In my novel, Into the Free, Millie struggles with her father’s Choctaw heritage. In order to understand Millie and Jack, I needed to understand what being a Choctaw really meant during that time period in Mississippi. Much of that research is being incorporated into the sequel to Into the Free during which Jack’s mother, Oka, plays a greater role in Millie’s life.I am grateful to the Choctaw Nation in Oklahoma for helping me with translation and research for these books. I was honored to interview Andrea Pavlovsky, daughter to the Chief of the Choctaw Nation, Gregory Pyle, regarding her experience as a Choctaw in modern American society. I hope you’ll enjoy the conversation.

JC: Your father is the current Chief of the Choctaw Nation of Oklahoma, Gregory E. Pyle. What does being Choctaw mean to you?

AP: Having a Choctaw heritage has been an important part of my life.  As a young child and young adult, I had the opportunity to attend Choctaw events with my family.  I am fond of those memories and I am proud of my Choctaw heritage.  I am extremely proud of my father, Chief Pyle, and all that he has accomplished. 

JC: What are you most proud of about your Choctaw heritage? What traditions do you cling to, and what cultural practices do you hope to pass to your children? What customs, if any, do you not agree with?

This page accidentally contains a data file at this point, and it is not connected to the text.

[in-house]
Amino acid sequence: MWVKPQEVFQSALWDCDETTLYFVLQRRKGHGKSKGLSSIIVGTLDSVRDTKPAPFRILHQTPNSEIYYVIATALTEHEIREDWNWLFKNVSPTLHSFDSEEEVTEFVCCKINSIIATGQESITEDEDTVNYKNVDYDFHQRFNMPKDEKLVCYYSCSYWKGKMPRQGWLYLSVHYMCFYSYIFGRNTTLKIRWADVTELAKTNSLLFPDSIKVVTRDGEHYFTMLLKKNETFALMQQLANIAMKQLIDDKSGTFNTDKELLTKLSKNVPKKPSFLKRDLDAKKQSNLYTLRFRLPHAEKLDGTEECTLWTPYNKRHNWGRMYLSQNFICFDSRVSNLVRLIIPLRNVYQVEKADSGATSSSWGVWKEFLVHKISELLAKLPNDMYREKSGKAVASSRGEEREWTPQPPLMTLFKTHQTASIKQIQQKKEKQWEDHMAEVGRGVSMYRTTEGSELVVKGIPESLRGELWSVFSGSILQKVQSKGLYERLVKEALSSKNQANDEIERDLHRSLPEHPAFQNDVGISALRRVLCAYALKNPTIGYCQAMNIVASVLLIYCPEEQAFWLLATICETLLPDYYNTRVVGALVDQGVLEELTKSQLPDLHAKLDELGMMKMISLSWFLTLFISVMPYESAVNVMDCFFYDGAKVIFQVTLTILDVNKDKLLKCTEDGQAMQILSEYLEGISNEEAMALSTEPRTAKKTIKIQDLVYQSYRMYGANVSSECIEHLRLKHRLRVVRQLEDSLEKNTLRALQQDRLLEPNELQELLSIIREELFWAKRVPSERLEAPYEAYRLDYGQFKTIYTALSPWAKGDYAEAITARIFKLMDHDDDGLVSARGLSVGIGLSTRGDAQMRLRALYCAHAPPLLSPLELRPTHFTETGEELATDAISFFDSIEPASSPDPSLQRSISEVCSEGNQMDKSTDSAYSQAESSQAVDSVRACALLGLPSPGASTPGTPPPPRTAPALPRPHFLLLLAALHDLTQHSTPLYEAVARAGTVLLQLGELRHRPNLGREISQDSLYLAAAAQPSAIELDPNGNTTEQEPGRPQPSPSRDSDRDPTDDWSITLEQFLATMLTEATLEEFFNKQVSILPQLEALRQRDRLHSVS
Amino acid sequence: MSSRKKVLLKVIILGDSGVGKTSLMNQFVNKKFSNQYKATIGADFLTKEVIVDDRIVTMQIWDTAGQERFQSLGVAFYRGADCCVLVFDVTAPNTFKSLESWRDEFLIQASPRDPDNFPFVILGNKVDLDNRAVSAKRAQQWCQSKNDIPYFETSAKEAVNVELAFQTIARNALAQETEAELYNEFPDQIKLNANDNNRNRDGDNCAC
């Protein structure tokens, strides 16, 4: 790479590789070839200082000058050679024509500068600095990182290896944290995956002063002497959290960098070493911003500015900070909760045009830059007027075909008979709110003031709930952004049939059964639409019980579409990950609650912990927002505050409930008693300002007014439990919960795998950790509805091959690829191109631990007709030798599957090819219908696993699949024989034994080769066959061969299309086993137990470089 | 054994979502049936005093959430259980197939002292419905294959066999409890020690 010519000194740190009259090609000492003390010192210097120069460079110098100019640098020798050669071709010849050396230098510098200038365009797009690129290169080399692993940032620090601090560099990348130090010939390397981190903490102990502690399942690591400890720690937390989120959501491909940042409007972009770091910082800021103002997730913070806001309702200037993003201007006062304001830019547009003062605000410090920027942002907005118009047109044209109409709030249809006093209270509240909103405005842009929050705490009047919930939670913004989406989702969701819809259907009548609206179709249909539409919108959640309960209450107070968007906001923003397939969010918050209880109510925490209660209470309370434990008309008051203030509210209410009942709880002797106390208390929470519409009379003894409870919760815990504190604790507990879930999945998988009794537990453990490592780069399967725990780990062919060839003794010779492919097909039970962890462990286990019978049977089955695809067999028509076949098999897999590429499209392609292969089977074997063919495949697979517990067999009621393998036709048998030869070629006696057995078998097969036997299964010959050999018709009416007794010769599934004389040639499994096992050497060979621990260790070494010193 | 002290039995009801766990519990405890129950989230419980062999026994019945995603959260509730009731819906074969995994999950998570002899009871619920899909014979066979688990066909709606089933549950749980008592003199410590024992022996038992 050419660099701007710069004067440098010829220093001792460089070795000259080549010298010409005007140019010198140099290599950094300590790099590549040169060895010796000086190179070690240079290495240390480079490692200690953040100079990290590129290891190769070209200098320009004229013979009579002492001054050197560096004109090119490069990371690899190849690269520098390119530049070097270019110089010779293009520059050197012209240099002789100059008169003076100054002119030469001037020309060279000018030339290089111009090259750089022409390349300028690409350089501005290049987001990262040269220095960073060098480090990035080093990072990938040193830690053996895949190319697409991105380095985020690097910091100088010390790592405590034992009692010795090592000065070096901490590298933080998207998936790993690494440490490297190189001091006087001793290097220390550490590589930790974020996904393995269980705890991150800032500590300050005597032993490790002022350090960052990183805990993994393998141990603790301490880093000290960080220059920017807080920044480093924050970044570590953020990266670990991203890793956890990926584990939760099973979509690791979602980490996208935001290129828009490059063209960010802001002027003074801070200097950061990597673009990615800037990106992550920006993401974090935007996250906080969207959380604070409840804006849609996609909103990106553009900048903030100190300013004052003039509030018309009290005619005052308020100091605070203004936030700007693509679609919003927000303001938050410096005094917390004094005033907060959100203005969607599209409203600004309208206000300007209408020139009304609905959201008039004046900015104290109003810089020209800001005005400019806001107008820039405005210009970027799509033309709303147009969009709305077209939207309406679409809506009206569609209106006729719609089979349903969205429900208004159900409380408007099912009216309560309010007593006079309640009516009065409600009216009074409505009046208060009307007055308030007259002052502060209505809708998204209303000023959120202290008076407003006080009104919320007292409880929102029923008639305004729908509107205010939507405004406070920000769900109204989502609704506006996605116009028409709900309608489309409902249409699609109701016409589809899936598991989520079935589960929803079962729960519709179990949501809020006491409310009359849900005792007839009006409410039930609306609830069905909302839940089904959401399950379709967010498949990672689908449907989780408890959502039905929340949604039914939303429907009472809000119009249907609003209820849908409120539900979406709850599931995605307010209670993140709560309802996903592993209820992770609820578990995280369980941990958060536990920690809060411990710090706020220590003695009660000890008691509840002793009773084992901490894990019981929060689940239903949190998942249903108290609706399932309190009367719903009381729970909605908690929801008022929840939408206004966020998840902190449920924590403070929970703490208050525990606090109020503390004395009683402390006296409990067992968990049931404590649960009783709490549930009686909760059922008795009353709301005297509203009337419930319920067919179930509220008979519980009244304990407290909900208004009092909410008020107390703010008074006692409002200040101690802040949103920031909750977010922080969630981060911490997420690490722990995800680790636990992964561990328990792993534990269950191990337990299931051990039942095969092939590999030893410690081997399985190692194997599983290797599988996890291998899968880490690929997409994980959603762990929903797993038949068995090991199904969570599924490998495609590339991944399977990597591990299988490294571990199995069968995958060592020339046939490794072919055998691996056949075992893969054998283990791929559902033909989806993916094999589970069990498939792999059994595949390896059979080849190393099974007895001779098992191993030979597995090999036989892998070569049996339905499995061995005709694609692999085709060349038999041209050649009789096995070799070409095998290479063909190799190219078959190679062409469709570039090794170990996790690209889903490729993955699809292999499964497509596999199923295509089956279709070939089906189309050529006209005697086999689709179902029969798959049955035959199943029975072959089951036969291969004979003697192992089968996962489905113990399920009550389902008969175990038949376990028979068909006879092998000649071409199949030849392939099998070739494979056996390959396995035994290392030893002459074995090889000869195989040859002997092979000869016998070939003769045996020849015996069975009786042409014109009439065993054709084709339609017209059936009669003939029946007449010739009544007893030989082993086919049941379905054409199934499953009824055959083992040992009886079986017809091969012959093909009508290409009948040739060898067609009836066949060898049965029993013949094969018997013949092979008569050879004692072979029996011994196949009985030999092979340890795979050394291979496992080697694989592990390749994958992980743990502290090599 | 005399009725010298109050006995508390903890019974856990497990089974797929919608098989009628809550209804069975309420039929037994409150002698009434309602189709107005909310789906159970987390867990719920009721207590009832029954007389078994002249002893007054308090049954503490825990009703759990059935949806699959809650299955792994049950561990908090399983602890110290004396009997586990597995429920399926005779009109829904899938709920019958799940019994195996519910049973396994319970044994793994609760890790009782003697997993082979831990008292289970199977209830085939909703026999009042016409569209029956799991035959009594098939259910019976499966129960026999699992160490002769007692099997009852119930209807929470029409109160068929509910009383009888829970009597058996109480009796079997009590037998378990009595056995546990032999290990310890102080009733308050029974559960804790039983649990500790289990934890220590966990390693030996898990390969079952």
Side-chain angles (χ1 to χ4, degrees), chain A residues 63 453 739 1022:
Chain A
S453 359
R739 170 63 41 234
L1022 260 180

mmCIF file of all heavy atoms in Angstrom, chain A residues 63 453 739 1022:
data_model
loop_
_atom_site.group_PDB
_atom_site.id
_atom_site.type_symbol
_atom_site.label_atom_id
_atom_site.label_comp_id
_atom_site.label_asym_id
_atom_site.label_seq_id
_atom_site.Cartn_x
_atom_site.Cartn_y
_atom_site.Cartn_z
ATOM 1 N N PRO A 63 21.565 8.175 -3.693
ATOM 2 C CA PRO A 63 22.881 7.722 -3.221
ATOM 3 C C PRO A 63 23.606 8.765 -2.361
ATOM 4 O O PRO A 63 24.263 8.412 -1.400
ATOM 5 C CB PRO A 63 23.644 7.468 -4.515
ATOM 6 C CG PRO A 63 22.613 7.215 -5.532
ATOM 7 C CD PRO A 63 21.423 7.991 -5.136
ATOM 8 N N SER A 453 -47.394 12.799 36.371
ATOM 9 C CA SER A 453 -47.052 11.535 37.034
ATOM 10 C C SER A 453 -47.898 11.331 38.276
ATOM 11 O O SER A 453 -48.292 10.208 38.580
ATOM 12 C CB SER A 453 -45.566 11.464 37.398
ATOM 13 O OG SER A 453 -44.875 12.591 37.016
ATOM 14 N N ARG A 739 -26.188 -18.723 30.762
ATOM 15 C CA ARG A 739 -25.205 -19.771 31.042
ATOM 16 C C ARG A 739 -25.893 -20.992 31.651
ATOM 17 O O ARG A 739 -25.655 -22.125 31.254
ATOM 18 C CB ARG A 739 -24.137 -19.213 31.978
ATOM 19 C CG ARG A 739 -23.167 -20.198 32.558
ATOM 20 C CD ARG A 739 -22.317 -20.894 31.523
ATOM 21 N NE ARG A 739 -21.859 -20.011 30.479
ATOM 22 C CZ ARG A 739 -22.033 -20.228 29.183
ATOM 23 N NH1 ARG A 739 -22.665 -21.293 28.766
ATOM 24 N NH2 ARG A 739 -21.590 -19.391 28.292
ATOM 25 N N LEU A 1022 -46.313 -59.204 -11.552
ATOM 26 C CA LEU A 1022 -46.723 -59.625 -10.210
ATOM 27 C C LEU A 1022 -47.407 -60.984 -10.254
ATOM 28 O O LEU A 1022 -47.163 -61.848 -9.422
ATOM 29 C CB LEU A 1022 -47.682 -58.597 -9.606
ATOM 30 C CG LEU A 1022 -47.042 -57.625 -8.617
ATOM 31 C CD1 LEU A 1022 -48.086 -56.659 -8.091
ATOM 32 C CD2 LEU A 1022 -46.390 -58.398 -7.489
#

AP: As a child I enjoyed spending time at the Choctaw Capital in Tushkahoma, Oklahoma.  It is located in the “Potato Hills” of Oklahoma and is a truly beautiful natural area.  The tribal land includes a historical Choctaw courthouse and museum.  As an adult I have spent time in this area with my husband and children and have enjoyed seeing it through their eyes. There is a Choctaw Indian Memorial honoring the “Choctaw Code Talkers.”  During WWI, soldiers who were Choctaw Indians used their almost obsolete language to help bring about an end to the war.  This is significant to me because these individuals were not even considered US Citizens, but there efforts were not about what they did not have.  It was about doing the right thing and it was not without high risk. 

JC: The Code Talkers of WWI were a famed group of Choctaw who played a vital part in America’s success during the war by translating crucial messages into the Choctaw language. This is only one example of the many Choctaw men and women who have bravely and loyally served the United States. How do most Choctaw reconcile past offenses by the early American government (forced relocation on the Trail of Tears, unfair treaties, etc.) with their current patriotism?

AP: Through the unfairness and bad decisions of others, the Choctaw people thrived in spirit by their efforts in WWI and during the forced removal of the people, the Trail of Tears.  During the time of the Trail of Tears, the Choctaw people became aware of another travesty which was occurring halfway around the world in Ireland.  They gathered all the funds they could and sent to those suffering in Ireland.  I believe one of the most crucial aspects of any culture is to remember the past.  Never forget the sacrifices.  Do not dwell on the past. Use the past as a tool to strengthen us. 

 JC: Do the Choctaw have a reservation?